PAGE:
Vertical farming moves into the store
Recently-opened vertical farms from the likes of FarmedHere and AeroFarms allow produce to be grown more efficiently, transported shorter distances and arrive fresher in stores. A vertical farm in Germany, however, is going more local and fresher still, with produce actually being grown in-store.
The "Kräuter Garten," as it is called at the METRO Cash & Carry where it is installed, was provided by its manufacturer INFARM, which has previously developed an origami-like mini-greenhouse. It is part of a pilot project in the Berlin district of Friedrichshain that will provide insight into the performance and feasibility of the product (usually called an INFARM itself), which INFARM hopes will contribute to its vision for the future in which cities are self-sufficient in their food production.
"We believe our food system should be de-centralize and production should get closer to the consumer," says founder and CEO of INFARM Erez Galonska. "This is essential in terms of the impact on the environment as well as for significantly improving the safety and quality of our food."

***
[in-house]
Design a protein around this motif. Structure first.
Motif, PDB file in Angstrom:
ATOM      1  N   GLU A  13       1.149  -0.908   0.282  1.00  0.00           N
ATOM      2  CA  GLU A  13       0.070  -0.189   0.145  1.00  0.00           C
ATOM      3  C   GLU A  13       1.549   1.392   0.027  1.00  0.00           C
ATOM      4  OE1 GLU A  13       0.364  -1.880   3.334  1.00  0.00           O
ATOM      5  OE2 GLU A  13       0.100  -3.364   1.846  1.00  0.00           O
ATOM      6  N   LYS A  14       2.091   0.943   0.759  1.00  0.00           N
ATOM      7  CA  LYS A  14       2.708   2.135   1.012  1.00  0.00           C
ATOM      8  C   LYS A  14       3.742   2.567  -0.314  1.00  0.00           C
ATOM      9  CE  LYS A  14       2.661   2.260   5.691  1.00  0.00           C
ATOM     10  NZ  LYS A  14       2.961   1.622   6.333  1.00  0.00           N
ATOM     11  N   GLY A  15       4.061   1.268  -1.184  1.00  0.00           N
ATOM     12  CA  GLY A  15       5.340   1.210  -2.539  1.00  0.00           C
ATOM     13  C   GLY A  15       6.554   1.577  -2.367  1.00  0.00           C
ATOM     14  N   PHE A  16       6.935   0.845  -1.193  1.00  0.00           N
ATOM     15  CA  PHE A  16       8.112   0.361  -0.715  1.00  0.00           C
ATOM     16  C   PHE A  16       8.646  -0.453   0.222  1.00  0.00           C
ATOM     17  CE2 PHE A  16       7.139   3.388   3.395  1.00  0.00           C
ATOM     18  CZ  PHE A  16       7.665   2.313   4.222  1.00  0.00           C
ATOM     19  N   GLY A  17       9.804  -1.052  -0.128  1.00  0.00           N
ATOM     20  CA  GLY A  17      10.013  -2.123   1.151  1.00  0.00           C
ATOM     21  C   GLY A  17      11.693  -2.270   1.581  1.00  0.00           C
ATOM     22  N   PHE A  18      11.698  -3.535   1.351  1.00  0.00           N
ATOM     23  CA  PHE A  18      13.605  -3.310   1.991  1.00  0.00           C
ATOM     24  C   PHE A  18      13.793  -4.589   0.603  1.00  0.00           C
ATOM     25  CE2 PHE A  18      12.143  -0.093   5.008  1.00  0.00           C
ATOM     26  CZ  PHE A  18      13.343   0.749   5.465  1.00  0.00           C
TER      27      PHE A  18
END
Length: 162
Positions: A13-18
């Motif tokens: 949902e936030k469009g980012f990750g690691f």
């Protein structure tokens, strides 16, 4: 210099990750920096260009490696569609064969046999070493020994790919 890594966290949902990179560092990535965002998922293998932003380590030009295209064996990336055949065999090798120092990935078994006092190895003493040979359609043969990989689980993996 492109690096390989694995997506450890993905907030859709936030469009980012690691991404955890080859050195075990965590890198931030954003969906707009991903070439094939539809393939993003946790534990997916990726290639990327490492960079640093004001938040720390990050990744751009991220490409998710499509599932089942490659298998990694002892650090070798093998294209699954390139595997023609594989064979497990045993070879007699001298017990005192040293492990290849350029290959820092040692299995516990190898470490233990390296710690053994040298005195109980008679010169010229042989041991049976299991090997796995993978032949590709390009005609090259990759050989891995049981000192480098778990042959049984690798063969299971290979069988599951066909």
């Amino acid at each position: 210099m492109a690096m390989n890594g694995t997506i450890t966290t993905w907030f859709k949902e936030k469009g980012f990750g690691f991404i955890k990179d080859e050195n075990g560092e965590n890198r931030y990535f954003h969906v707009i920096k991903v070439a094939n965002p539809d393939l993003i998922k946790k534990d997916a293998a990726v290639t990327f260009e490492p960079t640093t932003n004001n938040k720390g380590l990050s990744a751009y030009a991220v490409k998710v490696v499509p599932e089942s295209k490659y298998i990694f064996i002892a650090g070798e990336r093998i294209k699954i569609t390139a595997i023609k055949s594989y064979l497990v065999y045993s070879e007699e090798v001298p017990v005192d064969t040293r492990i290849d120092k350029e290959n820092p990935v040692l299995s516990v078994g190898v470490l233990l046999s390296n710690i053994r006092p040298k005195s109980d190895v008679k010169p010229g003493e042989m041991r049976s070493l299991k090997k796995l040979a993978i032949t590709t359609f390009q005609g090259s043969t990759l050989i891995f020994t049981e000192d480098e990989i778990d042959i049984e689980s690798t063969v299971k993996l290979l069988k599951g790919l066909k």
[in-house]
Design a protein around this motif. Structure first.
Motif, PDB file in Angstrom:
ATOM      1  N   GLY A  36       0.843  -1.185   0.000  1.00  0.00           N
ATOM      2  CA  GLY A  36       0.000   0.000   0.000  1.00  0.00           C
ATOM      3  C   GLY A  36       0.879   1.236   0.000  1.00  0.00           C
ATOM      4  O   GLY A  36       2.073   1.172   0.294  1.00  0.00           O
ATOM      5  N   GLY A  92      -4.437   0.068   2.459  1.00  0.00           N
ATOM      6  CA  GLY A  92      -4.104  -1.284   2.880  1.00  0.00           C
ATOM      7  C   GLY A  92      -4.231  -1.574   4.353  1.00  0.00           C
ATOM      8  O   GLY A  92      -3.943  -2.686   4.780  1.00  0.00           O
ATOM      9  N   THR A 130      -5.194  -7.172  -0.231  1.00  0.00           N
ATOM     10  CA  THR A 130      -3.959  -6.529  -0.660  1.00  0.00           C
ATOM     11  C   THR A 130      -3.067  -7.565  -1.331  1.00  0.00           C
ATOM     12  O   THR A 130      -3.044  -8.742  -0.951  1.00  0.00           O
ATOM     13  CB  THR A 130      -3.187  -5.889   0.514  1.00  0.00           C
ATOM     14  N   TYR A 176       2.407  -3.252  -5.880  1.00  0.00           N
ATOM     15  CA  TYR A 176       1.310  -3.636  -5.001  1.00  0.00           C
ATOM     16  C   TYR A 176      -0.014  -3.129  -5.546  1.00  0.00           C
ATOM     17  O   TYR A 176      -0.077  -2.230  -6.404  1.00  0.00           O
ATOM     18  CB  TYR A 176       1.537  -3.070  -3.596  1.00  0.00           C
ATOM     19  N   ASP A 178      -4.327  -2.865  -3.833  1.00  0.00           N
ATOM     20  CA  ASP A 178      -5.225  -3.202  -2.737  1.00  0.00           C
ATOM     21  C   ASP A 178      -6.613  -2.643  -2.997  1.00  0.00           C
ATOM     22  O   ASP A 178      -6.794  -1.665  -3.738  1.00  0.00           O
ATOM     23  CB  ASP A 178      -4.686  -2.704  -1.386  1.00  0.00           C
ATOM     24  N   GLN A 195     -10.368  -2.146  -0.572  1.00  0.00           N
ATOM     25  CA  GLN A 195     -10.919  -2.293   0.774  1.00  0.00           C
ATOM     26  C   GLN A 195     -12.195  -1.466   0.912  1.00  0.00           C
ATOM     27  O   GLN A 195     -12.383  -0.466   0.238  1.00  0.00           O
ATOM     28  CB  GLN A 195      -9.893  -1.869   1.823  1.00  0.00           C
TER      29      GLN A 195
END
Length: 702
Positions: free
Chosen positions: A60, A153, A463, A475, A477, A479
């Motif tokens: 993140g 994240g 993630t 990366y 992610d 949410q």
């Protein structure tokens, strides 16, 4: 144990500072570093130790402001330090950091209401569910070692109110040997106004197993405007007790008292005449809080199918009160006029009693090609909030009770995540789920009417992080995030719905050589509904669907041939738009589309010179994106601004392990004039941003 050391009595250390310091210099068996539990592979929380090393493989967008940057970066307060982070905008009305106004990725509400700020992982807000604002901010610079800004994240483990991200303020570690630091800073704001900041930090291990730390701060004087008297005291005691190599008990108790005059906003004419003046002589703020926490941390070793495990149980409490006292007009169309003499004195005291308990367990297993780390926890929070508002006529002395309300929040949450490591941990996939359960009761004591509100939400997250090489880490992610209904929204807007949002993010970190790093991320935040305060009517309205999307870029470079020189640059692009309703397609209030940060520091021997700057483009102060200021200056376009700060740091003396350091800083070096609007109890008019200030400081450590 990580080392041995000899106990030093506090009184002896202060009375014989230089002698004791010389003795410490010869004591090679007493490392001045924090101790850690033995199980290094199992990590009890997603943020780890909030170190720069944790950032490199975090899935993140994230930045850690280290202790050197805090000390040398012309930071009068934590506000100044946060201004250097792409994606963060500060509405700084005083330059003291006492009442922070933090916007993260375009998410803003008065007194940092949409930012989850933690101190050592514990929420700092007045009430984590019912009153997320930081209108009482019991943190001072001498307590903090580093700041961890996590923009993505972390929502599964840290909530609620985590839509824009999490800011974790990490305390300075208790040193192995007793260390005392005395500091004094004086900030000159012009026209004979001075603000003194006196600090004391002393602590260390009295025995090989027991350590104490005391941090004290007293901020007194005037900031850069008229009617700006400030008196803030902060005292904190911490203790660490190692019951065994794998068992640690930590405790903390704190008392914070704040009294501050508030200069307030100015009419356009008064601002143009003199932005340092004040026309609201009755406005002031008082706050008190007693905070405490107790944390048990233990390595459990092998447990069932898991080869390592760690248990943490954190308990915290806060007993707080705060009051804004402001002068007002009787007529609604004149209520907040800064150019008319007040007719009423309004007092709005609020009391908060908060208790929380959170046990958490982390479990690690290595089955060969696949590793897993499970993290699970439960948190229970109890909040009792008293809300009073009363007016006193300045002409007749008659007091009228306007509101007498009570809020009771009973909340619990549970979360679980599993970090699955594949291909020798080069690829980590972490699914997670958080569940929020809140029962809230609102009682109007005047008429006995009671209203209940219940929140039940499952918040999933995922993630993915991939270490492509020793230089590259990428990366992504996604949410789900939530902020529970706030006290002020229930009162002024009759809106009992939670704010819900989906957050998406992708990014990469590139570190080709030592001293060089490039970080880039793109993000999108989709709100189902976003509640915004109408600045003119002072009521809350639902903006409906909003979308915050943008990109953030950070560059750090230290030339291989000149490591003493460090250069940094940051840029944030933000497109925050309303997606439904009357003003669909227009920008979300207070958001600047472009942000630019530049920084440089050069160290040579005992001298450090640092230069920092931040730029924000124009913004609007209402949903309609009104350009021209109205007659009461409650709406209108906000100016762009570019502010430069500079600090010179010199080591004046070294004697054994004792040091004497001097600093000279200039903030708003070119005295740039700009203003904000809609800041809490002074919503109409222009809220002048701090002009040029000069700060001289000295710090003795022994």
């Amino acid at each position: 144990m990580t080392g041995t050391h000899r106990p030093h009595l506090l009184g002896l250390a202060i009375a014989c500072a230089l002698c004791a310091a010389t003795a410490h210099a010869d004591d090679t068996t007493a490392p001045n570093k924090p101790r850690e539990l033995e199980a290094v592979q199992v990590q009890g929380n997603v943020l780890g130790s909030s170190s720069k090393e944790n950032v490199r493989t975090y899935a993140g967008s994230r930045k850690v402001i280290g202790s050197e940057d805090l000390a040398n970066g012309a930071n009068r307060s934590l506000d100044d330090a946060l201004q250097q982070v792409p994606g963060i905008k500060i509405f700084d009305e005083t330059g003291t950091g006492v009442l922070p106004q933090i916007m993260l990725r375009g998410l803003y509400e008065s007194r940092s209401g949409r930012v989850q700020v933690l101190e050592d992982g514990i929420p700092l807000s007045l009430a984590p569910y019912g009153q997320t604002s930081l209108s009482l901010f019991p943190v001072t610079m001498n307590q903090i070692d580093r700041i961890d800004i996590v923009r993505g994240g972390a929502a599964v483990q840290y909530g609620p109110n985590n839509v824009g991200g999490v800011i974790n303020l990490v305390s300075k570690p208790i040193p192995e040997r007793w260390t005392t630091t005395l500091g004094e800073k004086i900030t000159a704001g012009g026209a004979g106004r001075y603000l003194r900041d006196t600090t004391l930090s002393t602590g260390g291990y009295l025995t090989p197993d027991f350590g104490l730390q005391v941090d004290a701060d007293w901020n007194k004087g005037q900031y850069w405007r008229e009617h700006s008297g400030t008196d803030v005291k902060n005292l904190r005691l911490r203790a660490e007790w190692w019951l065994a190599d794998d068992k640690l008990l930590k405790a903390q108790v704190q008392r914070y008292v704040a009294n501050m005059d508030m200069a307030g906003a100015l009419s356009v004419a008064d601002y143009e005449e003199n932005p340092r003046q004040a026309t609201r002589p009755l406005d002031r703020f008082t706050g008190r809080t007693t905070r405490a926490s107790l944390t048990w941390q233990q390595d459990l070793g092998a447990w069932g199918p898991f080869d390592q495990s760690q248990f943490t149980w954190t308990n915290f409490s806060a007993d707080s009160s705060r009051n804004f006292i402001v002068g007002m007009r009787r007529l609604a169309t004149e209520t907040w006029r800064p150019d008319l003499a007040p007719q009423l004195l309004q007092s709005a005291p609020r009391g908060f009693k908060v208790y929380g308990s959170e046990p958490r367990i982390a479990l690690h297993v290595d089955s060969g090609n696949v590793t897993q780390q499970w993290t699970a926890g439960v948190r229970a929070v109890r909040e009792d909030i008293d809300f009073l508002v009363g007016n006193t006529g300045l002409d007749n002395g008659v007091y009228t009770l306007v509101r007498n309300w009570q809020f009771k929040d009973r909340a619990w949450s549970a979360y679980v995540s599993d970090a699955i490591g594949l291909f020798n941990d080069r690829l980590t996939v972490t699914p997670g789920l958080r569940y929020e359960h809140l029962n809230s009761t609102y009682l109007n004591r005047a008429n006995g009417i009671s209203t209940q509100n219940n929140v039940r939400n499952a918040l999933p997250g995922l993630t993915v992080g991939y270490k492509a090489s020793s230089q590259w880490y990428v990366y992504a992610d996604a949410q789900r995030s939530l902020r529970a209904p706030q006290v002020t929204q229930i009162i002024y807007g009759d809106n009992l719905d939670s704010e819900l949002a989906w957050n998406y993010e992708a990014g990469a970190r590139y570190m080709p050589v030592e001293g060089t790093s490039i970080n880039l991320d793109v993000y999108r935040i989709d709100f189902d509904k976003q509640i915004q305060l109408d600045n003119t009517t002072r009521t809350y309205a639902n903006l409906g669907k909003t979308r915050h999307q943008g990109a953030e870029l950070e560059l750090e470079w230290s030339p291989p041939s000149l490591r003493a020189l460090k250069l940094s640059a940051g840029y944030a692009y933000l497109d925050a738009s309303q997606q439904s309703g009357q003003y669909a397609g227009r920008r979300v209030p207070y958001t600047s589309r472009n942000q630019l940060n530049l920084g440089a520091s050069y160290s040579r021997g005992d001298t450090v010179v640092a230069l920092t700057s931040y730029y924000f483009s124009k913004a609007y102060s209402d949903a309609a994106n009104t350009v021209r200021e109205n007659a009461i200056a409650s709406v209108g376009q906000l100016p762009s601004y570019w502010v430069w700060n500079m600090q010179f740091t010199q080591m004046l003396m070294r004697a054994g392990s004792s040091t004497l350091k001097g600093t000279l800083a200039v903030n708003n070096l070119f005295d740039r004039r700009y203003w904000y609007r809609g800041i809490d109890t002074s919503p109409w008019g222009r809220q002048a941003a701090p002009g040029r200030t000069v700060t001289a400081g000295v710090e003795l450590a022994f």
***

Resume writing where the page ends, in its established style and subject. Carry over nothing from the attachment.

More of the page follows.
INFARM was set up in 2013 and has received funding from the EU and from angel investors to help develop its vertical farming technology. The INFARM comprises stacked units in which herbs and vegetables are grown hydroponically on a thin layer of water enriched with fertilizers and oxygen. It uses LED lights to mimic sunlight, microsensors to monitor its environment, and data processing to calculate and deliver the conditions needed for the plants to thrive.
In addition to allowing fresh local produce to be grown all year round, the INFARM is said to produce tasty herbs and vegetables, to use 70 percent less in the way of fertilizers than conventional growing, 90 percent less water, and no pesticides at all. It has also saved space at the METRO Cash & Carry, with the 5-sq m (54-sq ft) installation taking up less floor area than a standard display.
INFARM says its vertical farming technology allows for "far greater production efficiency than any other product in the market today." Despite the apparent complexity of the INFARM, though, it can be monitored and controlled using an app, allowing it to be maintained by METRO store employees. Ultimately, the company hopes that this simplicity will allow the INFARM to be rolled out to restaurants, hotels, supermarkets, co-working spaces, hospitals and homes.
The INFARM was installed in October last year and the pilot runs through until October this year. INFARM plans to start selling it to businesses either this year or next.
The video below takes a look at the project.